Editor’s Note: This video series is a special presentation from Panteao Productions, providing The Armory Life with an excerpted series of videos from its “Make Ready with Hilton Yam: 1911 Duty Tune”. There is a link at the bottom of the page to a special subscription promo for you. So, be sure to check it out!
This video is the sixth and final of the series. You can view the other parts using the following links:
In this sixth and final excerpt from “Make Ready with Hilton Yam: 1911 Duty Tune”, we take a look at the final six sections that cover dehorning, sight installation, grip panels and screws, and then final inspection and assembly. Yam finishes up with a section on metal finishing options, and then test firing at the range.
The Right Touch
First up is dehorning. Yam suggests that you address every section you touch. While he points out that the original gun has a very smooth, well-machined surface, he does want to cover this process in case your source pistol needs some more attention. Finesse and handwork is the order of the day, here. Yam advises that you take a delicate touch.
Next up is sight installation. Yam mentions that the Springfield Armory 1911 came with a nice fiber optic front sight that he chose to keep on the pistol. Yam touches on proper installation into the slide dovetails, showing how you can do it without marring the pistol or the sight. He also covers how to measure to ensure that the sights are properly centered.
Next up is installing the grips panels and the grips screws. While it might seem simple and straightforward, Yam points out that there are some considerations you should bear in mind when taking on this process. He also touches on the importance of adapting the grips for ambidextrous safeties if your pistol is so equipped.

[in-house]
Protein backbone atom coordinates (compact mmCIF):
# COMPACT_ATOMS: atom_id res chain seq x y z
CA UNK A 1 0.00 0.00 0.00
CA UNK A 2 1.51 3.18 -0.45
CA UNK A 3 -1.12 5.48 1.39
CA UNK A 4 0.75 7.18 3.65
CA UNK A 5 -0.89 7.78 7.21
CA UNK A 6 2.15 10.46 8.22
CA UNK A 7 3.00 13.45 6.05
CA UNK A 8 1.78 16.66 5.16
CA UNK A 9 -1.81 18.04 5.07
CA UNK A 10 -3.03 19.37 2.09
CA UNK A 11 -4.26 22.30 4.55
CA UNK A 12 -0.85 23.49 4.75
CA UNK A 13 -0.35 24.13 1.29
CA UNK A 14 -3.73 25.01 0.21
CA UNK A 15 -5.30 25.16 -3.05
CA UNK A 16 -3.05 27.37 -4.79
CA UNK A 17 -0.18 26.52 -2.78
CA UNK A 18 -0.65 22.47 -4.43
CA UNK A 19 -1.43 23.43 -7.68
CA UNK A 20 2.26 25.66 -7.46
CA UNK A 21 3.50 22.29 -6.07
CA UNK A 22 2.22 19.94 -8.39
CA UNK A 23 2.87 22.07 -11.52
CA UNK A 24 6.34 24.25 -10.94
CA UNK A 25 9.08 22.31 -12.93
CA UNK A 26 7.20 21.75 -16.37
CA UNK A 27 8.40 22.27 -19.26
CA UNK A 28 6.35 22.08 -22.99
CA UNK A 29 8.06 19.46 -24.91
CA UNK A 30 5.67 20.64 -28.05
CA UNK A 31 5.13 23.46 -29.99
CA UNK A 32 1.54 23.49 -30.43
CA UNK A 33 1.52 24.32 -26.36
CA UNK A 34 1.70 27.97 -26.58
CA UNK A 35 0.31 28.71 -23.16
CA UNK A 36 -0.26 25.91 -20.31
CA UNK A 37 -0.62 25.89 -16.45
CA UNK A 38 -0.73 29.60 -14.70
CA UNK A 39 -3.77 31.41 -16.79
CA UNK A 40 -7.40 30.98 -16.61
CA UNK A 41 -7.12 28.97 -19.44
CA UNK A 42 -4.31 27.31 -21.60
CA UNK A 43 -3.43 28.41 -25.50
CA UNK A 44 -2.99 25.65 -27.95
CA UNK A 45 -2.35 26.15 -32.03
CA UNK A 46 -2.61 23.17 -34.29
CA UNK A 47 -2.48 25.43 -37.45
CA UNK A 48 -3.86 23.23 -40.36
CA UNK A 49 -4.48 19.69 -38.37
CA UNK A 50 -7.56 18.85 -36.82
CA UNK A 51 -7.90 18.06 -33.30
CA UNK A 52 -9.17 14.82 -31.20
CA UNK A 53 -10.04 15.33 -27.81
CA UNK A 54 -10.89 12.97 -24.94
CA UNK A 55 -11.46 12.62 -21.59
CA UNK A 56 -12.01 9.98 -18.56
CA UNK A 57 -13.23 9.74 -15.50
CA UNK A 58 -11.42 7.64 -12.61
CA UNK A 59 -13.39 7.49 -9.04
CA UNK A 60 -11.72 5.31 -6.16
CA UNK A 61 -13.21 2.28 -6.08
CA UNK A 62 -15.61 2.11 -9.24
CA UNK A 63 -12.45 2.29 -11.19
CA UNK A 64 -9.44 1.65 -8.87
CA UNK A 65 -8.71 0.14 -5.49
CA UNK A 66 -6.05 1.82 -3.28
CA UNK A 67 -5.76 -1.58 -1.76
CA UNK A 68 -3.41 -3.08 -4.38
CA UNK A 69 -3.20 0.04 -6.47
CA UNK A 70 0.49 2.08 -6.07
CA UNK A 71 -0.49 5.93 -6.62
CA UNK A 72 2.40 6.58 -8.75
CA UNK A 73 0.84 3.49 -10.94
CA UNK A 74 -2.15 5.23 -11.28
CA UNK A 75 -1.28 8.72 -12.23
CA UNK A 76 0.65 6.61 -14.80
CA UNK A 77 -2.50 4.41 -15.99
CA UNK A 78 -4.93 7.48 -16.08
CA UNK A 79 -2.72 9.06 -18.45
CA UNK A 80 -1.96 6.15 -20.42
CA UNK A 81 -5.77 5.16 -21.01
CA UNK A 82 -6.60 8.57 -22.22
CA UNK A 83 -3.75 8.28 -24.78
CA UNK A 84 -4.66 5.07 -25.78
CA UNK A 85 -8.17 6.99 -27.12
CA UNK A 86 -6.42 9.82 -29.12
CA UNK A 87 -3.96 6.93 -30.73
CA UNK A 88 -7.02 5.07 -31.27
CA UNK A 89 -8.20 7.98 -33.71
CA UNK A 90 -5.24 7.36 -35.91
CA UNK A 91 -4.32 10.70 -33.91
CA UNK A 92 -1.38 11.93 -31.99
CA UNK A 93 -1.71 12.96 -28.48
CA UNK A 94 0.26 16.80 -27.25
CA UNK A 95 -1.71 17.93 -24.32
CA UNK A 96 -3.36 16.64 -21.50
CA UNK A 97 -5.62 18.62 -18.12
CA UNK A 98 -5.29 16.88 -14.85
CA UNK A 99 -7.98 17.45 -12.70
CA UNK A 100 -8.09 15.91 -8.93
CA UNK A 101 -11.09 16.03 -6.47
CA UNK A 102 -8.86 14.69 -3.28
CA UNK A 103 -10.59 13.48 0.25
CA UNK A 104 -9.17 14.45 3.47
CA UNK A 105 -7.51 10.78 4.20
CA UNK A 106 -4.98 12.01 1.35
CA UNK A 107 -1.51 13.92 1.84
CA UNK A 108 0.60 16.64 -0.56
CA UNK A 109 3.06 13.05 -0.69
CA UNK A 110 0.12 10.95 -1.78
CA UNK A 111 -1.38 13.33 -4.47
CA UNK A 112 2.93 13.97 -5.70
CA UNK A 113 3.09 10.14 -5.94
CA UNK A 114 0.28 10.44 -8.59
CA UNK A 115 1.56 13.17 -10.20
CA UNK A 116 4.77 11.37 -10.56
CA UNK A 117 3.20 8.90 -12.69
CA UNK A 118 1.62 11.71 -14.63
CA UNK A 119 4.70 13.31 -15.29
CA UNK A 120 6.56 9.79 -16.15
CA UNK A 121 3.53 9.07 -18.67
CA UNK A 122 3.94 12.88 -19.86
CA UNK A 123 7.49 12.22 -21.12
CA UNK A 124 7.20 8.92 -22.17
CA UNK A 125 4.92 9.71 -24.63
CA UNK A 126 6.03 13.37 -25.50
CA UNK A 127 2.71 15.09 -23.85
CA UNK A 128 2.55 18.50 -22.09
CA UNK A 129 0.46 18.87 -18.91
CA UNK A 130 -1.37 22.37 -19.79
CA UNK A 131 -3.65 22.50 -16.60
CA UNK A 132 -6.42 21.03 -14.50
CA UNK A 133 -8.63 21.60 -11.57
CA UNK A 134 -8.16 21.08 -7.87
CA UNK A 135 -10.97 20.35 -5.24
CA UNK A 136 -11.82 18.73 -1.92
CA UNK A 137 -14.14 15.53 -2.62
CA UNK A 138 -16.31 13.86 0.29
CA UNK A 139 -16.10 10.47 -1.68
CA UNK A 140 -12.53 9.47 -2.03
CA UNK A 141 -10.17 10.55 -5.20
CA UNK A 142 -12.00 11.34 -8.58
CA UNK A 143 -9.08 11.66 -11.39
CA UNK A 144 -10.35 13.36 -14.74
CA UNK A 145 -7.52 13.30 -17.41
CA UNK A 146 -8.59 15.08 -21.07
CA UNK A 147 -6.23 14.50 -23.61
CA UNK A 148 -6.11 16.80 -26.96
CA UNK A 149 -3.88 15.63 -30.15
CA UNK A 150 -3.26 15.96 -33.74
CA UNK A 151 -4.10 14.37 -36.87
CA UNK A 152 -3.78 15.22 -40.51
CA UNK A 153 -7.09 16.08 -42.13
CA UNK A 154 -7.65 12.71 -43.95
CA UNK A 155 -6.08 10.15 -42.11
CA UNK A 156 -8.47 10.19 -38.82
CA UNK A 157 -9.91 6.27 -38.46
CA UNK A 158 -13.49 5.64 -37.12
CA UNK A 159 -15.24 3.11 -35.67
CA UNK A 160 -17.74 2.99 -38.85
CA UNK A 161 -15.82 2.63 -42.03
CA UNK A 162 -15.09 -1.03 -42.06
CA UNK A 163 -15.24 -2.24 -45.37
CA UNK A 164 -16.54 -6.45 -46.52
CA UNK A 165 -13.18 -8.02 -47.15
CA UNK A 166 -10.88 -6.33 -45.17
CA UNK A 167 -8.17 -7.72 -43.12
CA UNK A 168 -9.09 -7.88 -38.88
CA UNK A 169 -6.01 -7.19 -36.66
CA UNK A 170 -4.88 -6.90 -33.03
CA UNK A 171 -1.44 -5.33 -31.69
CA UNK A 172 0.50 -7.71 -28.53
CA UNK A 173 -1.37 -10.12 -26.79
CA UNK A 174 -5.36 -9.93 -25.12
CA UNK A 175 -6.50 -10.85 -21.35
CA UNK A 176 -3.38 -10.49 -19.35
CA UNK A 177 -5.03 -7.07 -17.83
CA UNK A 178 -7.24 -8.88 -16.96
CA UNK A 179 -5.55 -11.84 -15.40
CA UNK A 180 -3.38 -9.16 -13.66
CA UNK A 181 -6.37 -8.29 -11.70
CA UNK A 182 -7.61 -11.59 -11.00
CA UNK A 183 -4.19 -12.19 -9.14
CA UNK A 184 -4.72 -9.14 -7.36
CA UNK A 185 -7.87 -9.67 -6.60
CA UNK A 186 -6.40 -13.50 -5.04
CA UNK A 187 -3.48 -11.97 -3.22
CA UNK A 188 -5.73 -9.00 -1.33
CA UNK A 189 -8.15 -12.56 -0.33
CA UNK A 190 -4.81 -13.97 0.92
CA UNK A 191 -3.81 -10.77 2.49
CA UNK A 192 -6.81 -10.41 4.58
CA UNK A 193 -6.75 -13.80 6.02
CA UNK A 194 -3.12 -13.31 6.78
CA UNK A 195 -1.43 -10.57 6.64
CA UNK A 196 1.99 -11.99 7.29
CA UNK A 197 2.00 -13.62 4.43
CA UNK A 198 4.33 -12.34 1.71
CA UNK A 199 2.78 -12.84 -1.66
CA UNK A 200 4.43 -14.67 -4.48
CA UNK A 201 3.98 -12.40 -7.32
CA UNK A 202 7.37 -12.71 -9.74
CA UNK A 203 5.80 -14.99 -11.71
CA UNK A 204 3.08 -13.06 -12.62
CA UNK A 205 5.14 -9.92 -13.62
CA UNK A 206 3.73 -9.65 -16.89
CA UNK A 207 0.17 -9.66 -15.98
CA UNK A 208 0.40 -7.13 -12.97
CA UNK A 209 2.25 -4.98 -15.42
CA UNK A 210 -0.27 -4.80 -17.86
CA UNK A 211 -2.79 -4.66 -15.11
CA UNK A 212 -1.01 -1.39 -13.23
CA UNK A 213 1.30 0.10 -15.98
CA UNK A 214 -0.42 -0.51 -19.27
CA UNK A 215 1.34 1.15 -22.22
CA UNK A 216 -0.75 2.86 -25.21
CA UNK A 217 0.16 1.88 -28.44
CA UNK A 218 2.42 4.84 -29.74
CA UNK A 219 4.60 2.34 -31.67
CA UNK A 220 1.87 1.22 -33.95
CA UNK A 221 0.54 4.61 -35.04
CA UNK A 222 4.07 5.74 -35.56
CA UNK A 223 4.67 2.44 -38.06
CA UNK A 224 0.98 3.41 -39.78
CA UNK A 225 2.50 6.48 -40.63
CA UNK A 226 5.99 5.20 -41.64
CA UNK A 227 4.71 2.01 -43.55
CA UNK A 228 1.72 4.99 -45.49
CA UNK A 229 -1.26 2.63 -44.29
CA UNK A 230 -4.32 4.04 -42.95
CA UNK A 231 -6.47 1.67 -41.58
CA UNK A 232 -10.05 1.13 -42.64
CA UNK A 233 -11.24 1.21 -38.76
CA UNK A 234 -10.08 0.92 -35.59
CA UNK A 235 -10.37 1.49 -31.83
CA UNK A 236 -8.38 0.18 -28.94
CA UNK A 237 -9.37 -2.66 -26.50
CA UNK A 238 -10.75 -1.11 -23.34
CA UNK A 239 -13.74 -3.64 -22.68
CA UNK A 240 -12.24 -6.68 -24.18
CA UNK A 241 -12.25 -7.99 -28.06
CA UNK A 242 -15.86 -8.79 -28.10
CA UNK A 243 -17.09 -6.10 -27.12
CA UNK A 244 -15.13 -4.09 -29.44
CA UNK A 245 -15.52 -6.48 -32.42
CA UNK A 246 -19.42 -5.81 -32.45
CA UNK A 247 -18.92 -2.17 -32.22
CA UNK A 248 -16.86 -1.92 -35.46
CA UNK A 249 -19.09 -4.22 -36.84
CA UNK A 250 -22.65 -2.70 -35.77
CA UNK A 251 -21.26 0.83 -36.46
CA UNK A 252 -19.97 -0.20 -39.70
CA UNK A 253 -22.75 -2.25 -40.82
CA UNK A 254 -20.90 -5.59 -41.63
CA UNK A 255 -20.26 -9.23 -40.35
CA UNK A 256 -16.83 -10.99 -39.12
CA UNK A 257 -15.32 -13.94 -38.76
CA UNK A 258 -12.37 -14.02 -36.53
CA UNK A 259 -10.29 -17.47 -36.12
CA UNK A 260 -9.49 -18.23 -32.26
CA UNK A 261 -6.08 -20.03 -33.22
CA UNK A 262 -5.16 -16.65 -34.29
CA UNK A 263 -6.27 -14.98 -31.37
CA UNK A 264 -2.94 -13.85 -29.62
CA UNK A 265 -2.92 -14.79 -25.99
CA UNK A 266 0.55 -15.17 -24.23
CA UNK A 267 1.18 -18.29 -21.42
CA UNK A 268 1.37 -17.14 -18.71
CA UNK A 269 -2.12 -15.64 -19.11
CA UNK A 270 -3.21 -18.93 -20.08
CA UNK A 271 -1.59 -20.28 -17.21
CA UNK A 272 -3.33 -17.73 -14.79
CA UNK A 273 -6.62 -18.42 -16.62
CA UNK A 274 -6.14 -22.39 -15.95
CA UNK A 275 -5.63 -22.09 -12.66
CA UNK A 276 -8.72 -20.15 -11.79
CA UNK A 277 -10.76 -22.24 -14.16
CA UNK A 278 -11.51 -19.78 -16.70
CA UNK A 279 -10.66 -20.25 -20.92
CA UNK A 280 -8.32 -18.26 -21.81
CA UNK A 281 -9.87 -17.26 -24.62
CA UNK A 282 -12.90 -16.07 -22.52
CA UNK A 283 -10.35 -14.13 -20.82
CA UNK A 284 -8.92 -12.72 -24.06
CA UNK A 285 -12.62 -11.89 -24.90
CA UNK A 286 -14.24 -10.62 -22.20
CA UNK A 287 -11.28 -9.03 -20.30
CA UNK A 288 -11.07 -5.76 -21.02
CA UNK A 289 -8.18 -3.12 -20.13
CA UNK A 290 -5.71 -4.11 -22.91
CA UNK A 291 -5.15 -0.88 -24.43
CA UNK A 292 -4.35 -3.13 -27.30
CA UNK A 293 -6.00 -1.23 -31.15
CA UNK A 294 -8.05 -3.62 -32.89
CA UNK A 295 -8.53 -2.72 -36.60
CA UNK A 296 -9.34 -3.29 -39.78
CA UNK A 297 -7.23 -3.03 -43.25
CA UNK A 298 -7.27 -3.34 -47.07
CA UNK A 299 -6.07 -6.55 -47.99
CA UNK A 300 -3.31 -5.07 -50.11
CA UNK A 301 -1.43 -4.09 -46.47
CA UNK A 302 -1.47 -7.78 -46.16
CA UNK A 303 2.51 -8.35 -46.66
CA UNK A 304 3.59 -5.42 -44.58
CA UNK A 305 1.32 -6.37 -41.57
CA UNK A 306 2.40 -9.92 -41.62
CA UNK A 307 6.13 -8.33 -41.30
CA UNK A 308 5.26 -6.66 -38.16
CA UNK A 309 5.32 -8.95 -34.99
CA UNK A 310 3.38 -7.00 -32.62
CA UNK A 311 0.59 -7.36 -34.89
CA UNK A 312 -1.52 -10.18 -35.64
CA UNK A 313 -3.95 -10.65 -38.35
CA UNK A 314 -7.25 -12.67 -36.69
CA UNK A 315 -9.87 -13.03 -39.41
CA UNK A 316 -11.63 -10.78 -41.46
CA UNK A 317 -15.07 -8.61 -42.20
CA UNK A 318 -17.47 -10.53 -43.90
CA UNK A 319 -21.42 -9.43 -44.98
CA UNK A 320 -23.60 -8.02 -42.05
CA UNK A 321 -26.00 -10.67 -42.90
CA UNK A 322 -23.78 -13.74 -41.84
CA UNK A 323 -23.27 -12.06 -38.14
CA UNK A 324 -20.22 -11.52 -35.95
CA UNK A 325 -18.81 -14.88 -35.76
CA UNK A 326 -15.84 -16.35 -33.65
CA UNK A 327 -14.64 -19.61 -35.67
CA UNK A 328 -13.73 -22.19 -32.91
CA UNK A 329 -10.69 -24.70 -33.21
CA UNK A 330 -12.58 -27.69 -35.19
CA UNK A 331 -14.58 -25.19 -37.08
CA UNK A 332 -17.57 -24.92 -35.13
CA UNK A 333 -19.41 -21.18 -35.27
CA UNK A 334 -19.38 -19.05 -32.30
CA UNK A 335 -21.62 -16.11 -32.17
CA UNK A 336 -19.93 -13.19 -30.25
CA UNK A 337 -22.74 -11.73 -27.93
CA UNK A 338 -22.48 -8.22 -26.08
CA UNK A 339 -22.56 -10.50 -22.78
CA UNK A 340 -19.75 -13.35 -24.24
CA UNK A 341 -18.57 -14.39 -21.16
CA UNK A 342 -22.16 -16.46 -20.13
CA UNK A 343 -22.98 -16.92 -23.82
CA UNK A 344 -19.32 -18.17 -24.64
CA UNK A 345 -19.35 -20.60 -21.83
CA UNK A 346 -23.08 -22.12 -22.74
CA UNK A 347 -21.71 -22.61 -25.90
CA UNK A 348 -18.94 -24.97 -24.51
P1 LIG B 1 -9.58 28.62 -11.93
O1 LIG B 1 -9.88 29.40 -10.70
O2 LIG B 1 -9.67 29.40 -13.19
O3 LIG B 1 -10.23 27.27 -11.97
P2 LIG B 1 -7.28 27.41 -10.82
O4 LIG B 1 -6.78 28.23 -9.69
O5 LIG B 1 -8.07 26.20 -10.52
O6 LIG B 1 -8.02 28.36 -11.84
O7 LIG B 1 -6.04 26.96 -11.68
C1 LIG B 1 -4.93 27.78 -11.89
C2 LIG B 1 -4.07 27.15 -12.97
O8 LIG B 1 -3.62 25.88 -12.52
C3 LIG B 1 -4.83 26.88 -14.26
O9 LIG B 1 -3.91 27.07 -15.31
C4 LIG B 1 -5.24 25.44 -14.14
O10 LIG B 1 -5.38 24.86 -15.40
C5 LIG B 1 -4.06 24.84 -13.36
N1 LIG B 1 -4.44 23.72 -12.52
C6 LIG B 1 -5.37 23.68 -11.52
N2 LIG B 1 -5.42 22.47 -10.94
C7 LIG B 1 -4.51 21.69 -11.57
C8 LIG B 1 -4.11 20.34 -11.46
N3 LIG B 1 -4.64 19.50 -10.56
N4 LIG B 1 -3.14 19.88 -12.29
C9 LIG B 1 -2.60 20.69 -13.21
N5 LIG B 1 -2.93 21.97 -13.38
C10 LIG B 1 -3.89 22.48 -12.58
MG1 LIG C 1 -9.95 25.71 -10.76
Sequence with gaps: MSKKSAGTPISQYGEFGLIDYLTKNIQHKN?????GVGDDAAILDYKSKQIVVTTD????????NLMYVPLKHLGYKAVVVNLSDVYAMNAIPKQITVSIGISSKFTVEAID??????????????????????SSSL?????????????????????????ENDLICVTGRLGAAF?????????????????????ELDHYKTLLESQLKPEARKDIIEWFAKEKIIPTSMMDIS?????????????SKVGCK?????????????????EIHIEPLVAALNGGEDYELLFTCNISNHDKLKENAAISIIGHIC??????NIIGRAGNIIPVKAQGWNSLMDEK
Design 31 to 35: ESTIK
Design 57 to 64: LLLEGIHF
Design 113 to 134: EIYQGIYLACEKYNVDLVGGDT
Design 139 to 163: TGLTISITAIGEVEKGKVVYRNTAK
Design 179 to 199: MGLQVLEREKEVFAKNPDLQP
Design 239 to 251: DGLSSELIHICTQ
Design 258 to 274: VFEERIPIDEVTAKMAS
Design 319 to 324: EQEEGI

The Final Countdown
Next, Yam takes you through the steps if final inspection and assembly, with all the minor details and tips you should keep in mind during this stage. Moving on, Yam touches on the topic of the metal finish of the pistol, covering Parkerizing and well as popular coating finishes such as Cerakote.
With the gun complete, Yam then takes the pistol to the range and guides you through a test-fire protocol. He runs the pistol with a range of load types, and gives you a good guide as to how you should make sure your tuned pistol is running efficiently.
So, there you have it — a duty tuned 1911 where you can do the work yourself. As Yam puts it, you are probably going to run out of steam yourself before this tuned pistol fails you. So, check out the video above, and we hope you enjoyed the series!
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